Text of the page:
Audit says Liberty Hill schools are safe



Liberty Hill schools are safe.

That was the message delivered to school trustees Monday by Assistant Superintendent Chad Pirtle, who presented results of a district-wide safety audit.

The audit, which is required by the state every three years, is conducted by school district staff and submitted to Texas School Safety Center at Texas State University.

Trustees listened as Pirtle described changes that had been made to secure facilities since the 2014 audit, as well as improving safety of bus transportation.

After his presentation, trustees asked multiple questions about the use of drug testing and the implementation of a school resource officer program to deter drug use.

When asked for his opinion about whether it would be good to have an officer on campus, Pirtle said he had “mixed” views on the issue.

“We are served well by LHPD (Liberty Hill Police Department), Williamson County Sheriff — they do a fine job,” he said. “There’s a lot of discussion and debate to be had on that topic.”

Trustee Vickie Peterson, a former teacher at Liberty Hill High School, commended administrators for staying ahead of security challenges, but added that “drug testing is critical to consider or reconsider.”

“With the growth we’re anticipating, maybe we should be anticipating that things will happen. I think a security officer is one to consider, too. Just the presence of that and the fear of drug testing can, I think, prevent poor decisions.”

Pirtle explained that the district has several tools in place to help detect drugs and deter use on school grounds. The district has a contract with a company that provides a drug detecting dog 12 times per year. The law restricts the use of the dog to checking property rather than students.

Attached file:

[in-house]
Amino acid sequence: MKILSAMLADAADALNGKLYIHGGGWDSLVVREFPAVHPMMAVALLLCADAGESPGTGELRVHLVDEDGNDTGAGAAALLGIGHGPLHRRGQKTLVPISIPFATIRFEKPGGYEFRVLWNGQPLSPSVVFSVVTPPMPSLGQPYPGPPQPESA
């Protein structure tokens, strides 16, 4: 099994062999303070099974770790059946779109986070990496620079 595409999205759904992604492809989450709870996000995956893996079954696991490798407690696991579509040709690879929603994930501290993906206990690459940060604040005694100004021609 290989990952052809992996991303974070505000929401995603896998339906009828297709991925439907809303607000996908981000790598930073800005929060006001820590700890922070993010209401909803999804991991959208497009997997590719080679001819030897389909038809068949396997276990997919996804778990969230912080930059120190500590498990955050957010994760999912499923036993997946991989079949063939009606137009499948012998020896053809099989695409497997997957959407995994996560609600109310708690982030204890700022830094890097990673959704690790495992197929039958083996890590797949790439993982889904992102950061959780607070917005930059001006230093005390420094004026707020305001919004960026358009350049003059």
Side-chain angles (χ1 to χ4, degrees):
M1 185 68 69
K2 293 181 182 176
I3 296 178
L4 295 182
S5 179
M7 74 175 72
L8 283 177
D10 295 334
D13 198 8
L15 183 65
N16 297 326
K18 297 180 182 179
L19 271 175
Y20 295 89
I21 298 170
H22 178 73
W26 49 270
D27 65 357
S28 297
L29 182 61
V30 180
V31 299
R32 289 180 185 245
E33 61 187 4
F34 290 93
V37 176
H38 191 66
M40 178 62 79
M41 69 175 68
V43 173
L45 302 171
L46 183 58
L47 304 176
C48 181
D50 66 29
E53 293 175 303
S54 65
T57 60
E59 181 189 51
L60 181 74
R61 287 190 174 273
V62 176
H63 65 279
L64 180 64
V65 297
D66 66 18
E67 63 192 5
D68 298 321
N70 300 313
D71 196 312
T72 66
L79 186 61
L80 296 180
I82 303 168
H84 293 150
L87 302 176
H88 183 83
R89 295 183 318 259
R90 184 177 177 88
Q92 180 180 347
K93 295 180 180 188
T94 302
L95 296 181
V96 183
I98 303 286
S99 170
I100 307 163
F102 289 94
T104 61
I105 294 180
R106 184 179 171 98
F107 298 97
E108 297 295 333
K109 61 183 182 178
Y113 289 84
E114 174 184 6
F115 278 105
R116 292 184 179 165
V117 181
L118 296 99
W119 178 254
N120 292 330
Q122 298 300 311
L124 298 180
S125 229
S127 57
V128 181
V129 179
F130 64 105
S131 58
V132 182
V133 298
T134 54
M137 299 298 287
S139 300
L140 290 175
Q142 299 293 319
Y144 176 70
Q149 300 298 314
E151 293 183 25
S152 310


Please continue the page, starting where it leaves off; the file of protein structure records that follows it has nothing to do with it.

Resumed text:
He also noted the use of an Anonymous Tips tool whereby students or anyone can submit an online form to report various activities they have observed or have information about.

Pirtle admitted, however, that “kids don’t use it very often.”

He also said that involving the community in discussions about illegal drug use and underage drinking is positive. He reminded trustees about a Town Hall meeting held at the high school last spring, which was sponsored by LHISD, the Liberty Hill Chamber of Commerce and The Independent, that brought together experts on those issues as part of a panel discussion.

He said it was a good start to involve the community.

“The community has to embrace it to make an impact,” he said.

“Is drug testing or a security officer…is it the cost, or what is the hesitation? What’s stopping that from happening?” asked Peterson.

Superintendent Rob Hart responded that the parameters of drug testing “are tight as to what we’re allowed to do. It’s mostly extra-curricular activities.”

Peterson said in her research she had found that most of the surrounding school districts — large and small — were doing some form of drug testing.

“I would think it would be somewhat productive if you’ve got all the other school districts doing it,” she said.

“To me, it seems like we’ve danced all around it,” said Stephenson. “Are you not wanting to talk about that (the value of an SRO) now? I’m just asking for your opinion.”

Pirtle said the safety audit did not address an SRO program or drug testing, and he had not done enough research on those topics to be able to answer the questions.